To exclude the possibility of generalized transduction, the frequency of packaging of the genes mecA, tetK and blaZ (encoding resistance to methicillin, tetracycline, and penicillin, respectively) into phage particles was analysed by relative quantification (Supplementary Table S5). Kayviruses K, and 812K1/420 as a representative of 812-derived phages, and PyoPhage was propagated on well-characterized MRSA strains: the monolysogenic strain COL with plasmid pT181 (tetK) and double lysogenic strain 08/019 of a USA300 clone with penicillinase plasmid pUSA-Houmr-like (blaZ). The restriction-deficient prophage-less methicillin-susceptible S. aureus (MSSA) strain RN4220 (pT181 and pUSA-Houmr-like) was used to prove the absence of spontaneously induced prophages from the COL and USA300 strains. Compared to simultaneously tested transducing siphovirus 80α, the resistance gene packaging by the studied kayviruses was 1000-fold lower (Supplementary Table S5).
As shown in this study, the isolation of host-range spontaneous mutants is another and effective way to obtain improved therapeutic phages against almost every S. aureus strain. The strains exhibited distinctive phage susceptibility patterns (Supplementary Table S1), which indicates the action of several anti-phage defence mechanisms. This indicates that some of the mechanisms are shared among the strains of different genotypes, as was demonstrated e.g. for strains susceptible only to phage mutants with a truncated endolysin gene26. Since there is no apparent association between the strain genotype and the phage susceptibility, it can be assumed that anti-phage defence mechanisms are mainly encoded by the accessory genome. To overcome various defence mechanisms, it seems advantageous to use phage cocktails or apply the phages sequentially during the phage therapy.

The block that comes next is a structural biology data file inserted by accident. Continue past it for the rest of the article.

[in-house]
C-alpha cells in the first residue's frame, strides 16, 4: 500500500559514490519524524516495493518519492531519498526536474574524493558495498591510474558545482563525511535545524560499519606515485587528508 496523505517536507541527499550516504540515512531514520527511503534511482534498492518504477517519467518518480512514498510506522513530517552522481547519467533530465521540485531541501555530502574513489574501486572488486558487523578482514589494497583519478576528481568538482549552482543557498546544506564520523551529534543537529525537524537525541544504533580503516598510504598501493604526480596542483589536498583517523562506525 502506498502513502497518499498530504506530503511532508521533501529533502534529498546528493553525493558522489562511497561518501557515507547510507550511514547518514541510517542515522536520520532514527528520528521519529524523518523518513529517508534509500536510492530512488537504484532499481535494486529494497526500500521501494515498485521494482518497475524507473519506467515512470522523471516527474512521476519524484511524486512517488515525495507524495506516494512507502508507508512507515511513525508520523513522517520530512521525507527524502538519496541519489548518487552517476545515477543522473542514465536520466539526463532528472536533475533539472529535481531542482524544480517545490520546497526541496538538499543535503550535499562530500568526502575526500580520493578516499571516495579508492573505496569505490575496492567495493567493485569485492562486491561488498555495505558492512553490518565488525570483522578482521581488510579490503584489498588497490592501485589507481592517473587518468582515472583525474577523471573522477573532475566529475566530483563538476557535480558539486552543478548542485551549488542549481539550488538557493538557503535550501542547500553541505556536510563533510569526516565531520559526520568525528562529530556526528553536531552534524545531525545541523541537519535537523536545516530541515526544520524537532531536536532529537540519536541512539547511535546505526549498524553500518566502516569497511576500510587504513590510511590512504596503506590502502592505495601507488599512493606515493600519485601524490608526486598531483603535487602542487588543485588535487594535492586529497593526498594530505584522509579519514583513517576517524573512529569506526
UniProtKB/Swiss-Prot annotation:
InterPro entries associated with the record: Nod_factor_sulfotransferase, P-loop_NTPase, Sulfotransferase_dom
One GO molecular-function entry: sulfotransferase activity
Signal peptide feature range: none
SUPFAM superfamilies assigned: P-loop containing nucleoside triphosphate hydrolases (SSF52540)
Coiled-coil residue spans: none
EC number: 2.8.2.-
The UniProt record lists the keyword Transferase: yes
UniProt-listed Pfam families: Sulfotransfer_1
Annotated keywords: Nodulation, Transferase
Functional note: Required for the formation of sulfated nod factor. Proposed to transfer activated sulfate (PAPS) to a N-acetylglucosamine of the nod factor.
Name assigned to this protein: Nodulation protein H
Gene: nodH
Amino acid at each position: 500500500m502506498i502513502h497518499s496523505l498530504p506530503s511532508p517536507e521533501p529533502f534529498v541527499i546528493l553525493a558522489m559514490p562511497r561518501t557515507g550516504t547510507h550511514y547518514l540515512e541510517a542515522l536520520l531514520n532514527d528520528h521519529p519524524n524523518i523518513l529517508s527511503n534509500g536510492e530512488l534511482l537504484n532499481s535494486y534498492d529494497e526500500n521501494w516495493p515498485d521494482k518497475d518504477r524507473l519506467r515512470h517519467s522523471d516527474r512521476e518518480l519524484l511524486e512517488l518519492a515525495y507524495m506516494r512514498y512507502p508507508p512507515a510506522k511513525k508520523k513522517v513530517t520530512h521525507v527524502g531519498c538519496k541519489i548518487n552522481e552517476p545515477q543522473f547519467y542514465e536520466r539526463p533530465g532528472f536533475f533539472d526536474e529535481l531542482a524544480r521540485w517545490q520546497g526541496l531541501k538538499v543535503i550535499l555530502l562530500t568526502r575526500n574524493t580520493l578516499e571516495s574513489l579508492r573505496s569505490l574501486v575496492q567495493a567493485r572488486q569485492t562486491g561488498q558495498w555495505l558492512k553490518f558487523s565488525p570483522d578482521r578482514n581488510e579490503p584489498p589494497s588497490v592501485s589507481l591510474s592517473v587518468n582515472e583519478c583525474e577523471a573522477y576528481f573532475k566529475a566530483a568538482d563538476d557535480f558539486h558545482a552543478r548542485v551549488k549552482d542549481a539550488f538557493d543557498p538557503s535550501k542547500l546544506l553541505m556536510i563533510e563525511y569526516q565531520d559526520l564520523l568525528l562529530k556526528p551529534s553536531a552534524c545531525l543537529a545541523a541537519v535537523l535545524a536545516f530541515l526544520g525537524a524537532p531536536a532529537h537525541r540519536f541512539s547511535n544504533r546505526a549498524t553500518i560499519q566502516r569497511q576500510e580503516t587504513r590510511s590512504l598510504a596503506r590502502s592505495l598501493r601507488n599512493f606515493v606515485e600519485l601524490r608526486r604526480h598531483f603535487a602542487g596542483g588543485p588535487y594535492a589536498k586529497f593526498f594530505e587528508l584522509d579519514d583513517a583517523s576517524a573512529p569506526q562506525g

Compared to the parental phage, all the isolated mutants exhibited point mutations and/or larger genomic rearrangements, some of which were reported before27. Deep sequencing analysis of wild-type phage 812 and the most effective mutant 812h1 showed that numerous genomic polymorphisms emerged during the phage propagation. In agreement with the recent evolutionary study13, most of the SNPs accumulated in genes with an assumed effect on phage fitness.
Because of the different history of isolation and various genotypes of selection and propagation strains, the conditions for SNP accumulation in the analysed phages were different. The number of SNPs in both the wild-type phage 812 and recently isolated phage mutant 812h1 was higher than reported in Pseudomonas phages13. The high prevalence of polymorphisms indicates a high mutation rate that enables the diversification of the phage populations. In the genomes of 812a-derived phages obtained by 454-sequencing technology, a deep sequence analysis was not possible, so only the SNP/DIP fixation was evaluated. The procedure for isolating a phage mutant effective against to-date resistant strains were based on natural selection on the phage-resistant strain and the random picking up of a rare single plaque which may lead to genetic drift. Therefore, the understanding of evolutionary processes in natural Kayvirus populations requires further study, including the deep sequence analysis of isolates with a unified history.
Sequences of 812h1 distinct from the wild-type phage 812 were found in the genomes of related phages ISP, vB_SauM-fRuSau02, Fi200W, MSA6 or G12,3,20,32. Some of the sequences were also found in wild-type phage 812 sequencing data, but with very low coverage. This suggests that a large pool of phage sequences is maintained in minor genome variants persisting in Kayvirus populations.